There is a ‘WFH Hangover’ coming…

September 24, 2020

Opinion: Jamie Vine, CEO (Originally published on LinkedIn)

I recently read this brief article in The Australian Financial Review in which the Dexus CEO Darren Steinberg stated that it is not just the government’s responsibility to support and reignite the economy, employers play a huge role too.

While I agree with a lot of what is written, I think Mr. Steinberg hasn’t gone far enough and has also missed an important opportunity.

A snippet from the article states,

‘The chief of Australia’s largest office landlord, Darren Steinberg, has urged major corporates to bring their staff back to the office, reigniting CBD economies which rely on the bustle of city workers to drive business.

It is up to businesses to get the economy cranking once again, not just the state and federal governments, according to Mr. Steinberg.

“A lot of people are saying it’s really up to the government to encourage people back to work but it [would create a much] easier position for the government if business owners and managers and CEOs are encouraging their workers back, instead of saying, “no, that’s okay, stay at home,” he told The Australian Financial Review.

He said stimulating the economy was about helping small and medium retailers and businesses, particularly in the CBDs, get their operations back up and running, but that would not happen properly until office workers were back in the city.

As staff return to the office, Darren Steinberg says he has witnessed how people bumping into each other in the hallway has generated new ideas.

He said stimulating the economy was about helping small and medium retailers and businesses, particularly in the CBDs, get their operations back up and running, but that would not happen properly until office workers were back in the city.

“It’s really quite sad and depressing walking out from my office. The tailors, the hairdressers, the optometrists are open, they are on limited staff, and they’re just looking at you, thinking, are you going to come in here?”

Mr. Steinberg has not, and would not, force his 550-odd employees to return to the office, but he has made sure to provide a safe working environment and said it helped that his executive team were back at their desks.

“We all decided as leaders of the business to say, ‘It’s time to get back to work … we’ve got just as much risk of catching this virus here as we have in the restaurants, clubs and bars,” he said. “And as soon as we came back in, those hallway chats started to happen again.”

I agree with much of the sentiment, particularly around large corporates taking a leadership role in encouraging a return to normality in working practices. The Work From Home (WFH) ‘experiment’ has got us through the worst of the pandemic in Australia but it has served its purpose, and it is time to take back control of our collective destinies.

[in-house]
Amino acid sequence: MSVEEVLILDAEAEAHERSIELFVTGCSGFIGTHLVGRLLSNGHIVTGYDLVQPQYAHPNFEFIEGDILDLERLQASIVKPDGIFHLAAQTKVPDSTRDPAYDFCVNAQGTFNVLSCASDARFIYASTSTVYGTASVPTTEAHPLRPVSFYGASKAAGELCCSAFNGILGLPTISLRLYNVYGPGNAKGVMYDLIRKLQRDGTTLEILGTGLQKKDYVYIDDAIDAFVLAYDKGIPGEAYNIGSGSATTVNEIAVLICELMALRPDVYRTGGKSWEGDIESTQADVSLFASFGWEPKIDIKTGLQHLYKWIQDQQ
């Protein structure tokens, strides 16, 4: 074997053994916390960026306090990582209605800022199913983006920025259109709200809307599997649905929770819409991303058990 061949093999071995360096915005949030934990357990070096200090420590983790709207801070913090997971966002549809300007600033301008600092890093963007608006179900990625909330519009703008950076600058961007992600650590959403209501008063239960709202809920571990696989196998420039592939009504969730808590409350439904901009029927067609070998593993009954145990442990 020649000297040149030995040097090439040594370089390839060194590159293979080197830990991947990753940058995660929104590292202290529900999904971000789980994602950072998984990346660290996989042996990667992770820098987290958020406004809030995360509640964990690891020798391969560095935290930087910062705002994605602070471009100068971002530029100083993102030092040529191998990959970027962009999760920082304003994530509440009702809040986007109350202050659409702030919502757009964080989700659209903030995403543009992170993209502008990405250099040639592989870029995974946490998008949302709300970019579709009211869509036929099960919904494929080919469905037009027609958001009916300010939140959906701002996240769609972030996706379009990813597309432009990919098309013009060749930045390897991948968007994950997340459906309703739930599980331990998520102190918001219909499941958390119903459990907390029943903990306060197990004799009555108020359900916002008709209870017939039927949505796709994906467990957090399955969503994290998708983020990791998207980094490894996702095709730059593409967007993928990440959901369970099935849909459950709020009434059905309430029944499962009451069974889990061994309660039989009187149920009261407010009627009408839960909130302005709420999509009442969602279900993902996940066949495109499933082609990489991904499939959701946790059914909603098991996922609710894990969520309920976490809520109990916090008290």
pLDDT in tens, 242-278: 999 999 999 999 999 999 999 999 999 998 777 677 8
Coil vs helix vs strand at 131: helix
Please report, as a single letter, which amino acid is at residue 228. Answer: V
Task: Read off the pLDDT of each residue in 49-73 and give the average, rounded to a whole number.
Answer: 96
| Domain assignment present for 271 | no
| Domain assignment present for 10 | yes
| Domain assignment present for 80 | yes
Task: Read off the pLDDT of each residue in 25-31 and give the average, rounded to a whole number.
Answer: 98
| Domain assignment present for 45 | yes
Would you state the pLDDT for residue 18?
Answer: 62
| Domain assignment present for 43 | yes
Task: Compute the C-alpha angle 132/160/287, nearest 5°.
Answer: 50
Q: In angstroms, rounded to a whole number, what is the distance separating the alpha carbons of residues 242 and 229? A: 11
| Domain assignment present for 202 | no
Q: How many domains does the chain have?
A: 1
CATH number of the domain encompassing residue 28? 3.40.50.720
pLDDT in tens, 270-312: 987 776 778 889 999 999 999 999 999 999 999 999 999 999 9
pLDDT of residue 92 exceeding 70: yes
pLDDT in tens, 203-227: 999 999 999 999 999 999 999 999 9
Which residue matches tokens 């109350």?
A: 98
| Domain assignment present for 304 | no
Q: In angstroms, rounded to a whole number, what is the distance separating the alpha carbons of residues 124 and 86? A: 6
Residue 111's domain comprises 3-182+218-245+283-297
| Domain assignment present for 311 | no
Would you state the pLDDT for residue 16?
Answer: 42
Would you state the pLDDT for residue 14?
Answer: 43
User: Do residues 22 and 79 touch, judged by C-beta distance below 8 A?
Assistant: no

In my view, some larger organisations have taken a very risk-averse, or even lazy, approach to decide when it is safe to return to the office. Many large organisations, with a global, or countrywide policy, need to take a city by city ‘regional’ view.

There are many office towers in Perth operating at significantly below capacity because ‘Head Office’ has instructed a blanket policy for staff to stay at home. However, many of those organisations will be claiming government stimulus without feeding it back into the economy because of their ‘companywide’ WFH policies. That is not the purpose of the stimulus, nor equitable.

In addition to the economic impact of operating with an army of homeworkers, I firmly believe there will be a WFH Hangover. This WFH Hangover will have two symptoms: lack of organic innovation and weakening of organisational culture.

Under normal circumstances, there is a lag between ‘idea’ generation and ‘implementation’. People WFH will have remained productive by implementing ideas generated pre-COVID. But where will new ideas come from? The creativity and collaboration normally generated by unplanned, face-to-face interactions, aka ‘water-cooler conversations’, will be absent. This could result in a shortage of innovative solutions and the natural growth that would ordinarily be organic.

There is also the inevitable impact WFH has on company culture, with many employees not engaged in, or even aware of the company’s vision and values. Culture is vitally important and is the one thing your competitors cannot copy and you need to protect it at all costs.

So, what organisations need is for their employees to feel safe, create opportunities for innovation, and protect the culture. The solution considered and discarded by Mr. Steinberg is ‘hub-and-spoke’, where an organisation has a smaller Head Office and multiple satellite offices in the suburbs.

I disagree with Mr. Steinberg’s views in relation to ‘hub-and-spoke’ being unaffordable and suggest that there is an affordable ‘Work Near Home’ solution for the post-COVID workforce.

I believe that there will be demand from employees to work nearer to home, but not necessarily at home. I agree most organisations will have little appetite for investing in suburban satellite offices directly. However, I believe they will welcome operators like Liberty who can provide a flexible and cost-effective remedy to the WFH Hangover. The Flexible Workspace model spreads the cost of operating an office facility across multiple users, so there is every reason to believe an outsourced WNH model will succeed.

We have already opened partner locations outside the CBD in West Perth and Burswood. This is one of the reasons we are talking to landlords about partnering in suburban commercial centres, such as Applecross, Cockburn, Fremantle, and Joondalup.

If you are interested in talking to me about activating real estate, please get in touch.